A close relative died recently. Surrounded by family and friends, you lay your loved one to rest and go through the motions of trying to get back to your day-to-day life.
You receive a call from the probate attorney asking for a meeting of all family members to attend the reading of the will. Something about the dividing of the property and assets does not sit well with you. Can you contest the will? And on what grounds can you challenge it?
Contesting the will
You may be able to contest the will. The state of Florida requires you to challenge it before the completion of the probate process. You can dispute the will using some of the following reasons:
- Incorrect execution.The testator – the person who made the will –must sign it. Two witnesses must be present and sign the will in the testator’s presence. You may contest the will if there is proof that it was not properly signed, drafted or witnessed.
- Mental incapacity.A testator must have the mental competency to make the will and understand who or what the property assets go to. The will may be void if you can prove incompetence. Declarations of incapacity may come from a prior medical diagnosis such as dementia or Alzheimer’s.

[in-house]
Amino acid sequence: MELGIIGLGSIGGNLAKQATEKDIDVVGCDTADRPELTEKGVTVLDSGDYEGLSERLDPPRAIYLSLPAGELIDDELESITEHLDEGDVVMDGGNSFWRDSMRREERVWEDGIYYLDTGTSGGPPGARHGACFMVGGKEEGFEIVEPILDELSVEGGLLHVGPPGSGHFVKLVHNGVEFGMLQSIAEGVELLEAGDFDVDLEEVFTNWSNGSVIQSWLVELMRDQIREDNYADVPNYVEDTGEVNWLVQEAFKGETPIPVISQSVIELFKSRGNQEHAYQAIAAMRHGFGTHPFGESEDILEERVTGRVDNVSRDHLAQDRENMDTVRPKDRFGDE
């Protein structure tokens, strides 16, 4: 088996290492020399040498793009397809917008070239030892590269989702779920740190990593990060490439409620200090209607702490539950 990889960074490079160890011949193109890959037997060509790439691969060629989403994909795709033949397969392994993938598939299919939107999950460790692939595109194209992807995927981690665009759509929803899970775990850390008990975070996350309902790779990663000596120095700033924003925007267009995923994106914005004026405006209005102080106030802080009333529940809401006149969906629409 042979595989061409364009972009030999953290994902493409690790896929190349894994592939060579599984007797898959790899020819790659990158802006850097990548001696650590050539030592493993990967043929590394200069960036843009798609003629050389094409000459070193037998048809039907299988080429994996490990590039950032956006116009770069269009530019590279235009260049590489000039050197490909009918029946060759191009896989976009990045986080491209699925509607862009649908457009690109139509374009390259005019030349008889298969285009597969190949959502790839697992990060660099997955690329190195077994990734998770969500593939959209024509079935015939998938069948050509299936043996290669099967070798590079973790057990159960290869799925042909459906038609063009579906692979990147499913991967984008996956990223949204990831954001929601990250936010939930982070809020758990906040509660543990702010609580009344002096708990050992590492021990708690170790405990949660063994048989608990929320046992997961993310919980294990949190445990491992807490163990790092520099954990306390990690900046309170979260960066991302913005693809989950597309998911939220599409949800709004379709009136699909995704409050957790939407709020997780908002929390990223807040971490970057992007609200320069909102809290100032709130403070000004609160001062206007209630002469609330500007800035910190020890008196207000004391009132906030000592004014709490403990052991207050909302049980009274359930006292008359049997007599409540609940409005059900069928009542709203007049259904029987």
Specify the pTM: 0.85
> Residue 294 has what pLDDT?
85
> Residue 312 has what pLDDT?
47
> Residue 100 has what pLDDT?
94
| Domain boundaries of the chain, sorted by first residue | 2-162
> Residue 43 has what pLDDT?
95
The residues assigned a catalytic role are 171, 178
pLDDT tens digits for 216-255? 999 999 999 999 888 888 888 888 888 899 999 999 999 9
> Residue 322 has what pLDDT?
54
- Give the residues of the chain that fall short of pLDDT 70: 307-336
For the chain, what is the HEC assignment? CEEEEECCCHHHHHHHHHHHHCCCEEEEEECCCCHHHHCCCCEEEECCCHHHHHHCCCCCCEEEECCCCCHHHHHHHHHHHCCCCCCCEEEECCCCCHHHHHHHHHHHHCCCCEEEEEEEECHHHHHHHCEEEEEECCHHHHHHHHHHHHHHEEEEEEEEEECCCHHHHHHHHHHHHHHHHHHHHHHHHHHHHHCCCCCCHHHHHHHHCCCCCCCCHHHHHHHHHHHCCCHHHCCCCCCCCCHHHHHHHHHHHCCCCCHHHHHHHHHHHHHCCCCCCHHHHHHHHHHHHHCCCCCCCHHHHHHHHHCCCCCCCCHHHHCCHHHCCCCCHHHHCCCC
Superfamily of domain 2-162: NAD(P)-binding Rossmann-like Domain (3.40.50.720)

- Undue influence.Undue influence occurs when a third party pressures the testator to execute a will that he or she may not want. Influencers may come in the form of relatives, friends, advisers or health care workers. Someone may befriend the testator as he or she declines in health and mental capacity.
- Fraud.Estate fraud entails influencing the will through deception. A beneficiary may lie about a person or situation that could lead the testator to disinherit someone.
You have three months to contest the will from the time of notification. If there is personal representative misrepresentation, you could get an additional three months. The will may be subject to intestacy laws if the court deems the entire will invalid.